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Table of Contents

Technical Work

What's New About the New Economy?

Brave New Economy

The Idea Factory

Networking: Anytime, Anyplace...

Alumni Accomplishments

Magazine Cover

What's New About the New Economy?
By Macreena A. Doyle

Whether you're caught up in it or feeling left out of it, discussion of the "new economy" is everywhere. Entire enterprises have sprung up -- from round-the-clock CNBC on TV to stock-tracking capabilities of hand-held wireless computers -- to fill the seemingly unending need for speed in the "information age."

But is the "new economy" really new? What are the opportunities and challenges it presents? And how do we prepare students not only to participate in it, but also be leaders?

According to Associate Professor of Economics Steven Horwitz, "The 'newness' of the economy is a matter of degree rather than a difference in kind. Usually people say it's an 'information' or 'knowledge' economy. However, markets have always been about the discovery and use of knowledge. Even producing old-fashioned material things involves bringing together dispersed and often tacit knowledge in one place, in order to engage in production, not to mention the roles that economic institutions such as prices, property rights and contracts play as knowledge-conveying shorthands. And more fundamentally, all acts of physical production are simply rearranging molecules in ways that better match what people value. Knowledge and information have always been central to markets."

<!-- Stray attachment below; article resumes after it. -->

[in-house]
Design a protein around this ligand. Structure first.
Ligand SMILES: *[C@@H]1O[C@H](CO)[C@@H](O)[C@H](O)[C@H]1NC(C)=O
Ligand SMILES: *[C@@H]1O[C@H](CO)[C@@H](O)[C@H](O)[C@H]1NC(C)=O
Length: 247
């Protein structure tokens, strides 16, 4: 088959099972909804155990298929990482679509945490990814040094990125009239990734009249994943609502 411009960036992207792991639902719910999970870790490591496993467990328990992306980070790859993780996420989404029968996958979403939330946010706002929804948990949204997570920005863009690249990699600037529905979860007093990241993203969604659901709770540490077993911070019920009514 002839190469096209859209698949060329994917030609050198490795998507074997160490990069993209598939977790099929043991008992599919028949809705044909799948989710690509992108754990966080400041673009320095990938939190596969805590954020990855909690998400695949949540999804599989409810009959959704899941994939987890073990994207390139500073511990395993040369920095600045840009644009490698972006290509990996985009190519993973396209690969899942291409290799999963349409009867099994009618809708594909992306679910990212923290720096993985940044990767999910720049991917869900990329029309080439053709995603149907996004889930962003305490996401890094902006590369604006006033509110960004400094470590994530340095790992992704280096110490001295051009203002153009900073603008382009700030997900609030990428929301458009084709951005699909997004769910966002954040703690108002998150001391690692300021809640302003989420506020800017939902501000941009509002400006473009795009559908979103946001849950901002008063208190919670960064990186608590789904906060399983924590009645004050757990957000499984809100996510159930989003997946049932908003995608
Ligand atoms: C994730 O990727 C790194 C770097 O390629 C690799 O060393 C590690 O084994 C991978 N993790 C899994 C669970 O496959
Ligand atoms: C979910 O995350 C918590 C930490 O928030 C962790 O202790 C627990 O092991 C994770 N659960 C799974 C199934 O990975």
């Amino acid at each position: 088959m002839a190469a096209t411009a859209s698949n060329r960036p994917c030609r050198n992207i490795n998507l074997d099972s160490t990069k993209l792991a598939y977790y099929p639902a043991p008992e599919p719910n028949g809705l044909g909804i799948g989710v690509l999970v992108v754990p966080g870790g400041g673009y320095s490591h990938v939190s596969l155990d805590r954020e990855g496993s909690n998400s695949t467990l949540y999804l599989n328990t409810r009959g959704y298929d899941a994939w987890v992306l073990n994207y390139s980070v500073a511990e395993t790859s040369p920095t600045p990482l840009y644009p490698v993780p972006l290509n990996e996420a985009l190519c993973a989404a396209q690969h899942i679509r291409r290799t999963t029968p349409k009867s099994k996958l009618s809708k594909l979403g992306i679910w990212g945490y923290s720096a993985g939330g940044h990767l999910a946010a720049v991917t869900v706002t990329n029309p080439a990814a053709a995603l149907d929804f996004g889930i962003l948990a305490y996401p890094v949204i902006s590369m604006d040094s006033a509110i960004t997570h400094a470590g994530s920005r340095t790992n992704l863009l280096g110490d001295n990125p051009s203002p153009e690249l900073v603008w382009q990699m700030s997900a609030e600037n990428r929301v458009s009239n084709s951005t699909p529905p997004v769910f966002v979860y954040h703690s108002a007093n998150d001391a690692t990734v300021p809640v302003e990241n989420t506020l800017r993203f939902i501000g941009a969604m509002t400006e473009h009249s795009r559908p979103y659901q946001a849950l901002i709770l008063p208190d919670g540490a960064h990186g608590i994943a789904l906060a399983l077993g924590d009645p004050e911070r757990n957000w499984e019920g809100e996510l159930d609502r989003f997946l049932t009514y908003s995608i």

Michael Martinez '93, associate editor of the Washington, D.C.-based Kiplinger's Personal Finance Magazine, disagrees. "There is a new economy," Martinez says. "It's a service-based economy that uses the Internet to reach consumers, whether via the computer, handheld interactive TV or cell phone. These services can be anything from simple news reports all the way to a complete suite of organizational and productivity services."